Mr. Prentice: I think that it would help the House if Members knew that the Public Administration Committee is about to embark on an inquiry into public sector salaries early next year.

Mr. Deputy Speaker: Order. That has successfully doused the debate.

Simon Hughes: It will certainly allow the fire to be brought under control much more quickly—I agree with that, Mr. Deputy Speaker. I did not know about the inquiry, so the hon. Gentleman’s intervention is very helpful.

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I support the measure and I recommend that my colleagues support the two motions on the Order Paper. I hope that Jennifer Watson takes up her post in the new year, and does so robustly. However, I hope that before similar proposals are put before us on other appointments that are in our gift, we have completed the exercise of comparability—across not only the public sector but the private sector. One of the scandals of Britain in 2008 is that the gap between the well-off and less well-off has widened, and far too many people are paid ridiculously high salaries when many of our constituents have very little indeed. Unless we redress that, every debate on such matters will be provocative and a lot of people will be regarded as far too well paid relative to most of the people whom they seek to serve.

5.42 pm

Rob Marris (Wolverhampton, South-West) (Lab): First, I thank the House of Commons Commission for its helpful report, on which a lot of work has been done, led by the hon. Member for Gosport (Sir Peter Viggers). I also thank the hon. Gentleman for his earlier remarks, which illuminated my own thoughts on this matter.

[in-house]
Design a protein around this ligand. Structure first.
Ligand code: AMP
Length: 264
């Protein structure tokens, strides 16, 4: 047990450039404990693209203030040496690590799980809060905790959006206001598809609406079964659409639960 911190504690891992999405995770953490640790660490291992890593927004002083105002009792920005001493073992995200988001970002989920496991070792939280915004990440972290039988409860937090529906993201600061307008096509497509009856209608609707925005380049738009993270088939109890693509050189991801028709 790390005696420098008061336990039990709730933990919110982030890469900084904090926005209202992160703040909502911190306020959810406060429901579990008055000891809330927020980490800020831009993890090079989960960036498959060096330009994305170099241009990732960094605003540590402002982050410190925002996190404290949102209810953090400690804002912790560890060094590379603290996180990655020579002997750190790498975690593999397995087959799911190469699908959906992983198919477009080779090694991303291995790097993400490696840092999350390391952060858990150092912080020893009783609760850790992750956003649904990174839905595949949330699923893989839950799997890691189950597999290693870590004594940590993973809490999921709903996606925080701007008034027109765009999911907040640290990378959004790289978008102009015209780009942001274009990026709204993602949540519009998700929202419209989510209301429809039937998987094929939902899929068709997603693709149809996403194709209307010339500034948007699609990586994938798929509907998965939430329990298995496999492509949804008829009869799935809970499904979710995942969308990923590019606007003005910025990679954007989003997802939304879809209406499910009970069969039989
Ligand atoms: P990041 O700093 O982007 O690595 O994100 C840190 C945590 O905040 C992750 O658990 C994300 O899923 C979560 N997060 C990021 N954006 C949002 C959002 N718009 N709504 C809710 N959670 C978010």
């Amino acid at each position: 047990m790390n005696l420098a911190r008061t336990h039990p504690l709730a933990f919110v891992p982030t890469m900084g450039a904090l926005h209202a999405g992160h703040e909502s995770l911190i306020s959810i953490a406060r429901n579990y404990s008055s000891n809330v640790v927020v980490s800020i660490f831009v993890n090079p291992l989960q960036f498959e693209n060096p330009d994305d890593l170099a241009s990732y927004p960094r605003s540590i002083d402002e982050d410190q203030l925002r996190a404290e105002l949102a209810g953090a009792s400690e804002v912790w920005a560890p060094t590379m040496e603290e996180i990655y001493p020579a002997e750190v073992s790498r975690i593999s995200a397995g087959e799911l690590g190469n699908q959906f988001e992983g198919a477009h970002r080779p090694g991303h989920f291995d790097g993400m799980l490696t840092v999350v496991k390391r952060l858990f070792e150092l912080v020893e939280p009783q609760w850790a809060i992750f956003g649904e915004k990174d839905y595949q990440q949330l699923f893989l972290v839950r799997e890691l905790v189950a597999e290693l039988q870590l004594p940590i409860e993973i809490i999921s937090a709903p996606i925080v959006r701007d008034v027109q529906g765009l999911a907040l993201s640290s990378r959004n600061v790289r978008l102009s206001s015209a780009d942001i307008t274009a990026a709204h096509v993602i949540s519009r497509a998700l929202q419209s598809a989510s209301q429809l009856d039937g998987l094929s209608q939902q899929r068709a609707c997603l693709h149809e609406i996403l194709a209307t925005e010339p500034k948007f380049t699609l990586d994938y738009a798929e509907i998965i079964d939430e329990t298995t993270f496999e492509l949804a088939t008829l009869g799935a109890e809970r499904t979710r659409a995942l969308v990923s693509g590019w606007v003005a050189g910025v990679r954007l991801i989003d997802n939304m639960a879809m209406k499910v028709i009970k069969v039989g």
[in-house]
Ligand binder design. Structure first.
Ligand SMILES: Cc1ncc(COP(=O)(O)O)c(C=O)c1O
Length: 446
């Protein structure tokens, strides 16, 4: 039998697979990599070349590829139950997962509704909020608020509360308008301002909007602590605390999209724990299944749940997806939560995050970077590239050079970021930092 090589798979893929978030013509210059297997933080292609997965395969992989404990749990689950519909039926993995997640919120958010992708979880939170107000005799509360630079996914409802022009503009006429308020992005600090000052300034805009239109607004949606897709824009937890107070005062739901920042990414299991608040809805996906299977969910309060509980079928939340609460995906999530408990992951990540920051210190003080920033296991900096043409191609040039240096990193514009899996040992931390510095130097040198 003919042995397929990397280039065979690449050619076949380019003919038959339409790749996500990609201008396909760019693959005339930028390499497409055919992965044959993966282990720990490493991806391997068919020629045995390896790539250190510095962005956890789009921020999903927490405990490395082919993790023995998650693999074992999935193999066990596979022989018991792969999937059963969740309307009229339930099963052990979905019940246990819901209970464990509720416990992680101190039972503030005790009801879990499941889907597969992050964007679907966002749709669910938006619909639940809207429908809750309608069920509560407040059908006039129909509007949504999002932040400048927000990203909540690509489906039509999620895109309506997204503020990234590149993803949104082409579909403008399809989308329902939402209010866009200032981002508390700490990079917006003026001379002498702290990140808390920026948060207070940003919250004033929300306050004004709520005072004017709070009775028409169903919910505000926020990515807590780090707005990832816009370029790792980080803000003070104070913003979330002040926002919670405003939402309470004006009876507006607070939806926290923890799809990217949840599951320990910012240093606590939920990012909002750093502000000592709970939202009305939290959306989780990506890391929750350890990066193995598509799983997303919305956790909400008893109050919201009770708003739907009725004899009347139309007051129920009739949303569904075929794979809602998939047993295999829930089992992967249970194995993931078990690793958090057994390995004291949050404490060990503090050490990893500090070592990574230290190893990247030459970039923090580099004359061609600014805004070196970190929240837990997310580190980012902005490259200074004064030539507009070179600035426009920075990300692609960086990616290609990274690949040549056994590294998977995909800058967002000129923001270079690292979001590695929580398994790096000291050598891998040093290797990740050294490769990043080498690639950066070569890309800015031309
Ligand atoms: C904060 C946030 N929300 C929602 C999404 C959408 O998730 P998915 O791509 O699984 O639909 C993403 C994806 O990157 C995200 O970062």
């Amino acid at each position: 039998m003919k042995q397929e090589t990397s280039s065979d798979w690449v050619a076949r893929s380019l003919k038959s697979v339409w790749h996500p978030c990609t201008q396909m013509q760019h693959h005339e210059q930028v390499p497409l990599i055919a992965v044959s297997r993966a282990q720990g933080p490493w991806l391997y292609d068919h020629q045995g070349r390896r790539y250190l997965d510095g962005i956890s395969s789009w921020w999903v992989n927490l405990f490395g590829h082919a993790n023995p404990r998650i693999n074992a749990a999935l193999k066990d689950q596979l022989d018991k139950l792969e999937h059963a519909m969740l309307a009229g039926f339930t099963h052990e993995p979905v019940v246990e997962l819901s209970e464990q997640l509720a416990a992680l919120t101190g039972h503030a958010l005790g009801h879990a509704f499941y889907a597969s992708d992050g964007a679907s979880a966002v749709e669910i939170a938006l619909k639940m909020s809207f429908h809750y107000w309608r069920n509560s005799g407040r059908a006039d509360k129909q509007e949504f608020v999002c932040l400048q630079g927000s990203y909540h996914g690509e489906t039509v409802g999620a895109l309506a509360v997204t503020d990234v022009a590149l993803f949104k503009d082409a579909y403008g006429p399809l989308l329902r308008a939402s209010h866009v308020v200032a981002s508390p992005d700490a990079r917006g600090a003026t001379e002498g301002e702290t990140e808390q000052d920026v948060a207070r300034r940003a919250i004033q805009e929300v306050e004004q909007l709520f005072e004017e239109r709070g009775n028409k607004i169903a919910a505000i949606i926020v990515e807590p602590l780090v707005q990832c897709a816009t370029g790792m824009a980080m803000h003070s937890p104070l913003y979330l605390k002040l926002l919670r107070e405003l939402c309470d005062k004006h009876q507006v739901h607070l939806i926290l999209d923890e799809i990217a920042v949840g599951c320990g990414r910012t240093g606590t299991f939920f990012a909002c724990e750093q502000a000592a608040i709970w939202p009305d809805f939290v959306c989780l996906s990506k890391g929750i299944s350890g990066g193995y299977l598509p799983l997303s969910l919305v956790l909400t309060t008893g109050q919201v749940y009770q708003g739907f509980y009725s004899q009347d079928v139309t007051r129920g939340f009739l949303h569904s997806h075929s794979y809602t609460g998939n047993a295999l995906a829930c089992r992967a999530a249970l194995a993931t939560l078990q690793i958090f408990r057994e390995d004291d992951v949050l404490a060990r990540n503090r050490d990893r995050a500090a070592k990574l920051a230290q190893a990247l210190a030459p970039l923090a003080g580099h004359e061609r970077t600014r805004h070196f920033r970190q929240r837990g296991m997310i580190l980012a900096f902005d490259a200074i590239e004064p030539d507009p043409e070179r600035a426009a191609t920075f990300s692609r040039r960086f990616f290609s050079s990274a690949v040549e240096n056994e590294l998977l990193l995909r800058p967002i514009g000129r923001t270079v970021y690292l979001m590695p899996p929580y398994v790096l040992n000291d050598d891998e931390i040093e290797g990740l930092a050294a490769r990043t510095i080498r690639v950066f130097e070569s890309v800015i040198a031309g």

On the first motion, I have never met Jenny Watson, as I said in an intervention, and I have no idea about her other than what has been said in this debate and what is in the report. From what has been said in the debate, particularly by my hon. Friend the Member for Pendle (Mr. Prentice), she sounds like an excellent candidate for the role. However, the direction of my remarks will be to agree with my hon. Friend the Member for Thurrock (Andrew Mackinlay). The two motions—one to appoint a specific individual and the other dealing with the remuneration of whoever the chair of the Electoral Commission might be—will be taken together. That means that because I have severe reservations about the remuneration, which I will come to in a moment when I speak to the second motion, I will be driven to reject this candidate at this stage under the first motion.

The hon. Member for Gosport helpfully pointed out that the initial decision, as I understand it—he will correct me if I misunderstood—was to appoint this candidate on pay of £150,000 for a three-day week. There was then, I suspect, a debate among his Committee, and perhaps others, to the effect that that might not find favour in the House of Commons and that it should rethink the approach and the remuneration. I suspect strongly, although I have no direct evidence, that he and his colleagues were right about that, and that a proposal for £150,000 for a three-day week would not have succeeded before this Chamber.